Thursday, October 13 Rockford Lions Club Meeting—6 p.m. social, 6:30 dinner and 7 p.m. meeting at the Community Cabin, 220 N. Monroe St., Rockford. Meetings held every second and fourth Thursday of each month. Free Meal for Northern Kent County Families—6 to 7 p.m. at the Our Lady of Consolation Family Center, 4865 Eleven Mile Rd., Rockford, every Thursday. No charge; no registration required. Provided by a partnership between Our Lady of Consolation Parish and God’s Kitchen, a program of Catholic Charities West Michigan. Thursday-Saturday October 13-15 Used Book Sale—10 a.m. to 7 p.m. on Thursday, 10 a.m. to 5 p.m. on Friday, and 10 a.m. to 2 p.m. on Saturday at Timothy C. Hauenstein Reynolds Township Library, 117 W. Williams St., Howard City, sponsored by Friends of the Library. Saturday, October 15 Rockford Farm Market—8 a.m. to 1 p.m. every Saturday through October 29 in the South Squires Street parking lot, off Main St., downtown Rockford, featuring Michigan-grown produce, fresh baked goods, flowers, plants and much more. Gougeburg School Reunion—2 p.m. at Algoma Twp. Hall, 10531 Algoma Ave., Rockford, presented by Algoma Twp. Historical Society, with speaker Beverly Haskins Reyner, Gougeburg teacher, “One Room Schoolhouses.” Please bring pictures or papers that could be copied for records. Refreshments provided. Public invited. WWW Family YMCA Fall Festival—1 to 3 p.m. at YMCA in Belmont. Enjoy hayrides, bounce house, free food, games, prizes and more. Free to everyone. Sunday, October 16 Breakfast with the M.O.B.—9 to 11 a.m. at the Sparta Moose Lodge #50, 11510 Division, Sparta, presented by Moose On Bikes (MOB) to benefit local children and charities. All you can eat for $5. For more information, call (616) 890-8789. Monday, October 17 Griefshare—7 p.m. at Resurrection Life Church, fireside room, on 10 Mile Rd., Rockford. This grief recovery support group, where you can find help and healing for the hurt of losing a loved one, meets every Monday through December 5. No sign-up is necessary. Learn more at www.griefshare.org. Tuesday, October 18 Rockford Rotary Club Meetings—7 a.m. at Rockford High School, and 12:10 p.m. at Rockford Community Cabin. For more information, call Mark Bivins at (616) 866-1470. Country & Gospel Music—9:30 to 11:30 a.m. every Tuesday at Rockford Ambulance Community Center, 8540 Shaner Ave., Rockford. […]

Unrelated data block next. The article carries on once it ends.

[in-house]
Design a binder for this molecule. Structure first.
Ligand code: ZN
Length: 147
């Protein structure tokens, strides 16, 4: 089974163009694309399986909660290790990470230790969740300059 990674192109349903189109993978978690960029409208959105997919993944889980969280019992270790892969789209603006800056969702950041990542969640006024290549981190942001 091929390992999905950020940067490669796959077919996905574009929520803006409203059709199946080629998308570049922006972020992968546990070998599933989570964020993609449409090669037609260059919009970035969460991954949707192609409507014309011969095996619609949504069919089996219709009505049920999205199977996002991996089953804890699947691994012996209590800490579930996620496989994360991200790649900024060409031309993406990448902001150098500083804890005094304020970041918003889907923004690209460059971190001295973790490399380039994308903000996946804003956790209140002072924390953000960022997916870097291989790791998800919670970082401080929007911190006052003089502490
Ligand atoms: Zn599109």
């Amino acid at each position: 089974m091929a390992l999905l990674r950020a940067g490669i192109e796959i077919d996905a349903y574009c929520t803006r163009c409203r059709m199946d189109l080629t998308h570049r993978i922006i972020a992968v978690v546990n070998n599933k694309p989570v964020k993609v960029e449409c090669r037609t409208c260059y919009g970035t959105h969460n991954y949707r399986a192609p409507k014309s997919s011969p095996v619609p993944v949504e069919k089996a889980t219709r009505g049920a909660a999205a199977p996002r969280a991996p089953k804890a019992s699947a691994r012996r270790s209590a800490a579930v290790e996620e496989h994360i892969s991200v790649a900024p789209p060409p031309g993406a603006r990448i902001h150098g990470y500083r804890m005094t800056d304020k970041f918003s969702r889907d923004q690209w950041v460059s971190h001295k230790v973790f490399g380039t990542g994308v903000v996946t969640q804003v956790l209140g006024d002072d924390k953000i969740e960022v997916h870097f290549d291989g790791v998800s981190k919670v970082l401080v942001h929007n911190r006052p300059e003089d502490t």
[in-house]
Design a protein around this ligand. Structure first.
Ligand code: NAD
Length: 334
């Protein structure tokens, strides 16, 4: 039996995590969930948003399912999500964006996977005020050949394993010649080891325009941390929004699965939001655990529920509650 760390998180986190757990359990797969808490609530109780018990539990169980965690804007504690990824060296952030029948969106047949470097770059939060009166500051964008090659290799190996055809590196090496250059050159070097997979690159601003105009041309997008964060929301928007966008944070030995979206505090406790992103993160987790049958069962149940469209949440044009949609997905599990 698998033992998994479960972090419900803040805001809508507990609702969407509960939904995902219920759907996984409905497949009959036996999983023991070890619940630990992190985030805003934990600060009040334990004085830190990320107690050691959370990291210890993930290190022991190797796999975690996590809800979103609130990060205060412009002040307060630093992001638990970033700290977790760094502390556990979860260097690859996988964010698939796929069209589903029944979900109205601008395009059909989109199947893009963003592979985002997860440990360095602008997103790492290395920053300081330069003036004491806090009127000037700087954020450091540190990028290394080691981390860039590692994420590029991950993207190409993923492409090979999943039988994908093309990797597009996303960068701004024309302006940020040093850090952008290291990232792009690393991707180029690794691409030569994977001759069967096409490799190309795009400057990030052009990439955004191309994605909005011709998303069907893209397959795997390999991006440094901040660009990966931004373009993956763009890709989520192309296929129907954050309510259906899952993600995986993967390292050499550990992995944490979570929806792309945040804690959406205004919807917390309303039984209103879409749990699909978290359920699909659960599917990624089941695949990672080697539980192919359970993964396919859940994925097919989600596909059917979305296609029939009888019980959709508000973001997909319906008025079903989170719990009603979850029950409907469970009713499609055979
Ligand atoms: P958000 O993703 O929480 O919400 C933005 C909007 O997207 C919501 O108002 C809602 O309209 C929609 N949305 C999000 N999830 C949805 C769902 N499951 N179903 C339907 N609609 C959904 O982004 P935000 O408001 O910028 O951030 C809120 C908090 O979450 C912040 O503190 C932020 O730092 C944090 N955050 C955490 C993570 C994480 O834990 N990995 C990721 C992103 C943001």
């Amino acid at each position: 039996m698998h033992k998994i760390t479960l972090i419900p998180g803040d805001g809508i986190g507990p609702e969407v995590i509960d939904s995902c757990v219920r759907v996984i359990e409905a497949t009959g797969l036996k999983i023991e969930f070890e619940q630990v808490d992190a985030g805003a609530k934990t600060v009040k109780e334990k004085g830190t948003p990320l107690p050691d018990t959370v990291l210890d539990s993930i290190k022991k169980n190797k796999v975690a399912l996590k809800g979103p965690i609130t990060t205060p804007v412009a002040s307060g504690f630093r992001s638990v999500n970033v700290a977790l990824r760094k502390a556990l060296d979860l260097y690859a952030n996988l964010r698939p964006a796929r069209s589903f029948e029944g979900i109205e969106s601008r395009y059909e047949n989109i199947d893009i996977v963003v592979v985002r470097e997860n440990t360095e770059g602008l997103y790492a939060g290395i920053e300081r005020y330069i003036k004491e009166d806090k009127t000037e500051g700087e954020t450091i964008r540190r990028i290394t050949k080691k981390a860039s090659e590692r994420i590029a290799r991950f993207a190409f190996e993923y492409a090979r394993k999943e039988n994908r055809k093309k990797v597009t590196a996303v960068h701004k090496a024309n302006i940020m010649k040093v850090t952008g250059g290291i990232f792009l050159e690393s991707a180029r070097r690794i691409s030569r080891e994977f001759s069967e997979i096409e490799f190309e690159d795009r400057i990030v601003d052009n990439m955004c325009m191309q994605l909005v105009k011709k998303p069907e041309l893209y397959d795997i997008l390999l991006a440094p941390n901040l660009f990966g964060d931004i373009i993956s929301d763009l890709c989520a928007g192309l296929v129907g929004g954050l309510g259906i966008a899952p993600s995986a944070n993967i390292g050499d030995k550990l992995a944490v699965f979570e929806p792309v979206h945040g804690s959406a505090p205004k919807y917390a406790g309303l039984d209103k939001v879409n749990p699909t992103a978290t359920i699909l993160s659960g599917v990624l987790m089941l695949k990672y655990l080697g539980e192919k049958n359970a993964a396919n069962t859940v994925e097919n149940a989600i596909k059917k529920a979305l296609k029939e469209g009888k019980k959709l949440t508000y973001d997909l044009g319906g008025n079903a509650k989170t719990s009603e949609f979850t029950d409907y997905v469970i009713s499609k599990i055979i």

A Message for You

October 13, 2011 // 0 Comments

Peace of Mind or Peace with God?  by PASTOR MARK W. LOVE St. Peter’s Lutheran Church, Rockford It is becoming more and more obvious that many of the ears of today are listening for the spiritual but are unable and therefore unwilling to hear the Gospel of salvation in Jesus Christ. What they would call a spiritual quest is in truth an emotional quest—cast in spiritual terms. The contours of both their spiritual struggles and the solution to them are determined purely by subjective feelings and sensations of peace and wellness. Michael Horton writes in Christless Christianity: “Once you make your peace of mind rather than peace with God the main problem to be solved in your life, the gospel becomes radically redefined,” (p. 39). Where the Gospel is redefined, so also must sin and sinfulness be redefined. What is forgotten in this quest for peace of mind or sense of wellness is the very captivity of the mind to sin, which is hostile to God (Rom. 8:7; Col. 1:21). If I as a sinner cannot make peace with God, why am I so easily deceived into believing I can make peace with myself? At this point, self has become the almighty I must answer to rather than God the Almighty. The deeper reality of this deception is that where I have made my own peace of mind or peace within the main issue and purpose of my life, there I have made my sinful self the god to whom I and all others must answer. Having made God in my own image, I must go in search of those preachers and pastors who will shepherd not me, but the things I have done, the things and people around me and what they do so that I may have peace of mind and a happy heart. Horton describes the sad consequence of this quest. “‘How can I, a sinner, be right with a holy God?’ is simply off the radar… Once the self is enthroned as the source, judge, and goal of all of life, the gospel need not be denied, because it is beside the point,” (p. 40). How gloriously merciful our Lord is in that He makes us new creations born not of […]